You have to feel sorry for Superman. Once the poster boy for DC Comics’ success, he has been pushed back in recent years by the juggernaut that is Batman. So much so, in fact, that his own movie sequel, to 2013's 'Man of Steel', has been taken over by his DC Comics stablemate. That wasn't always the case: created in 1938 by Jerry Siegel and Joe Shuster, Superman's success was singlehandedly responsible for the industry domination and boom of superhero comics. Before Superman the comics industry was a very different place, flooded with war and western books, peppered with a bit of romance. Superman changed all that. Indeed it was his success which saw the very creation of Batman in 1939 by Bill Finger and Bob Kane, after being tasked to create more superheroes to cash in on Superman's success. Hundreds of stories have been written since, a few of which make up much of this new movie.
The movie really takes its cues from two particular classic DC Comic stories. The first two thirds are an adaptation of ‘The Dark Knight Returns’ by Frank Miller and the last third is made up of ‘The Death and Return of Superman’ by various authors. That's a lot of material to cover and if smashing two completely different stories together sounds messy then you'd be right, and the film does suffer for it. The basic story continues directly on from 2013's ‘Man of Steel’ after the death of Zod and the destruction of much of Metropolis. The opening scene shows Bruce Wayne (Batman, to those of us living under a rock) present in Metropolis to witness first-hand the destructive power of the men from Krypton. It's a good opening that both recaps the events from the previous movie and sets us up for what's to come, through a change in perspective of a familiar scene. Bruce feels that something needs to be done to keep such power in check which puts the pair at loggerheads for much of the film.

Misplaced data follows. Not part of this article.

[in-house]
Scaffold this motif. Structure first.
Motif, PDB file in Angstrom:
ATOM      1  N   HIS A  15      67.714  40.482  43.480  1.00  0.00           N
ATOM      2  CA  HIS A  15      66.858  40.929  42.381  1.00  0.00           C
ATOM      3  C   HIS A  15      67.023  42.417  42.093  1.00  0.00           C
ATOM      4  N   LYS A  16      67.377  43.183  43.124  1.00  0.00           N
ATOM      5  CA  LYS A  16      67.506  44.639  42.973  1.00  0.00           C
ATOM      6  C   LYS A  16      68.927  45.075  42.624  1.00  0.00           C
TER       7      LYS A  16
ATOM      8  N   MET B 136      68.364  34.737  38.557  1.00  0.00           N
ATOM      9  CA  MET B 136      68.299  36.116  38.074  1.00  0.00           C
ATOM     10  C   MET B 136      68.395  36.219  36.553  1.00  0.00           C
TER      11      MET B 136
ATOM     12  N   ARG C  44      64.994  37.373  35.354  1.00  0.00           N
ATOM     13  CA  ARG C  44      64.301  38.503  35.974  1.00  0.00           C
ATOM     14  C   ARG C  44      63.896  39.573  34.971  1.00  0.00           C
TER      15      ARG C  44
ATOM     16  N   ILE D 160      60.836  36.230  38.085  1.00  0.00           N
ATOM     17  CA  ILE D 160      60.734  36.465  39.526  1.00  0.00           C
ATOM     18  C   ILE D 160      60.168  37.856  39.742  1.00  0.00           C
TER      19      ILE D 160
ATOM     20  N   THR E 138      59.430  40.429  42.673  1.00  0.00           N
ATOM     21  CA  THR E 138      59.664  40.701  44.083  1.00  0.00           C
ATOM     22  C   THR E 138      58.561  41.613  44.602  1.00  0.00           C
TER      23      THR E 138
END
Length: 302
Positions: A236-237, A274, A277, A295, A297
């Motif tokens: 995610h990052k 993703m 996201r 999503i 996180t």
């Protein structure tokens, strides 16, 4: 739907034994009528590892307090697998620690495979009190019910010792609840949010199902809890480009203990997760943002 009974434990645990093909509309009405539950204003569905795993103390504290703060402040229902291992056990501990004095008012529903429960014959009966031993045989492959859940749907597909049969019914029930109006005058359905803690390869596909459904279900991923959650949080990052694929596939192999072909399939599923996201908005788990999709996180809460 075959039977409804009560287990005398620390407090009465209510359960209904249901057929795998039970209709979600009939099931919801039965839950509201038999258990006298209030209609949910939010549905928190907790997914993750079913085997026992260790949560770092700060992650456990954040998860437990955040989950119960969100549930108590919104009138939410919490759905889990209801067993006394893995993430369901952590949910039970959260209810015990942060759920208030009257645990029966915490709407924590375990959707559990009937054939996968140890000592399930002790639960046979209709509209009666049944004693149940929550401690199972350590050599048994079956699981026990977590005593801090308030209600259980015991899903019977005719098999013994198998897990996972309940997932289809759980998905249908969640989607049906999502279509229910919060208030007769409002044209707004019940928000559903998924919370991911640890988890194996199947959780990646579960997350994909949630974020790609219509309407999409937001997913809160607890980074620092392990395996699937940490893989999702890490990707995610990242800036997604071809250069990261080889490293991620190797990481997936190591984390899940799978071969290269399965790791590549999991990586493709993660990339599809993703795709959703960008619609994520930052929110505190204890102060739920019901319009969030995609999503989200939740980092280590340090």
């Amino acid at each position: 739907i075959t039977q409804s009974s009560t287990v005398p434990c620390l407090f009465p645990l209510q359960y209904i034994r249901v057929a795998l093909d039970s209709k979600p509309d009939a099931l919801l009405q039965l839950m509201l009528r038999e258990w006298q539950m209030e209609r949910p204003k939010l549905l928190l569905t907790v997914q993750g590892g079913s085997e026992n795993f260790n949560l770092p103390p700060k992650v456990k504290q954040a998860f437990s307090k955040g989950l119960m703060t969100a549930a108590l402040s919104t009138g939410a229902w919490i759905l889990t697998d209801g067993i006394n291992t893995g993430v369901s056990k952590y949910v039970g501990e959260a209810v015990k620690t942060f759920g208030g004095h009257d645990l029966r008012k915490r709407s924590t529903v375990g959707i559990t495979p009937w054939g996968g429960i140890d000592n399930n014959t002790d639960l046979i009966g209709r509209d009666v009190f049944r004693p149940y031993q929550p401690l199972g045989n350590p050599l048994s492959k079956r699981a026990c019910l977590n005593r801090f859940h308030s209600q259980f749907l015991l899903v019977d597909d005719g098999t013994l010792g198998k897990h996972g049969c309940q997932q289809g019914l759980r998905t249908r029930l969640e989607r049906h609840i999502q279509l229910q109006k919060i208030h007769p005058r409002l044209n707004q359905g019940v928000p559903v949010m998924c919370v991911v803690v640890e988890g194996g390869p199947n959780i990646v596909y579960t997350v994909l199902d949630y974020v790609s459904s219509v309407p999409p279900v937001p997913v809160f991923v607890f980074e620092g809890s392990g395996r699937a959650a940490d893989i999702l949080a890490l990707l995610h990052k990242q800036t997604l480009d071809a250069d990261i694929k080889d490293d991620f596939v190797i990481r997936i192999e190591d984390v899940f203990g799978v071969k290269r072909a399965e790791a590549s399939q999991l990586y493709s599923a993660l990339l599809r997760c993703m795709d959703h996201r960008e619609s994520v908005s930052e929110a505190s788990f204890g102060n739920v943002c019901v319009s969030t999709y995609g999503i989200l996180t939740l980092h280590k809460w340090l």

The performances are generally good. Anyone who was worried when Ben Affleck was announced as the new Batman can rest easy. Affleck gives a strong and brutal performance of an aged Batman with single-minded intent. Although somewhat one-note, to Affleck's credit, this is more to do with the script than his performance. Gal Gadot is also good as Wonder Woman, doing enough with her limited screen time to whet the appetite for her solo movie to follow next year. Although they are not given much to work with, Cavill and Adams offer solid performances as Clark and Lois. Sadly, the same cannot be said for Jesse Eisenberg as Lex Luthor. Played as a Mark Zuckerberg gone crazy, although a new approach, it really doesn't do the character of Luthor justice and is an annoyance throughout.
It's the direction and the script where the film really falls flat. A movie called ‘Batman v Superman’ really ought to be more playful than this. Regrettably, director Zack Snyder was so focused on making a gritty and realistic take on the characters he forgot the fun factor. There are similar problems with the pacing - it's a weird movie that feels both too long but also not long enough. Do we really need to see Batman's origin again? And yet other moments in the film aren't explained fully which leaves holes in the plot. These may be filled in with subsequent movies but you shouldn't need other films for things to make sense. In addition, there are huge question marks over how Superman's powers work. On one hand he can hear Lois in trouble halfway across the world, yet he can't detect when his mother is in trouble later in the movie. Finally, and frankly, the reason why Batman and Superman stop their hostilities is just ridiculous.
Overall the film has its moments but is a massive disappointment, considering the pedigree of the characters and all those involved.
VERDICT: 2.5 out of 5
Considered by many as being one of if not THE best graphic novels of all time. Frank Miller's classic is closest in tone to the Batman seen in the film. Returning out of retirement, a brutal Dark Knight clashes with old foes like the Joker and Superman, who believes his old friend has gone too far.
The Deathand Return of Superman omnibus by Various
Available in one massive tome, this mega event from the early 90s makes up the final third of the movie and is a must read for Superman fans. You don't need a run down, its all in the title.
JLA: Tower of Babel by Mark Waid
This classic Justice League story from the early 2000s revolves around Batman's paranoid countermeasures for taking out the rest of the league should any, or all, go rogue. His files get stolen and used by Ra’s al Ghul and has the team not only battling to survive but also questioning Batman's place on the team.
Superman: Red Son by Mark Millar
This fun elseworlds story takes place in an alternate reality where the last son of Krypton lands in Russia rather than the American heartland. Also starring Batman as a Bolshevik styled rebel who is fighting against the comrade of steels iron grip on society.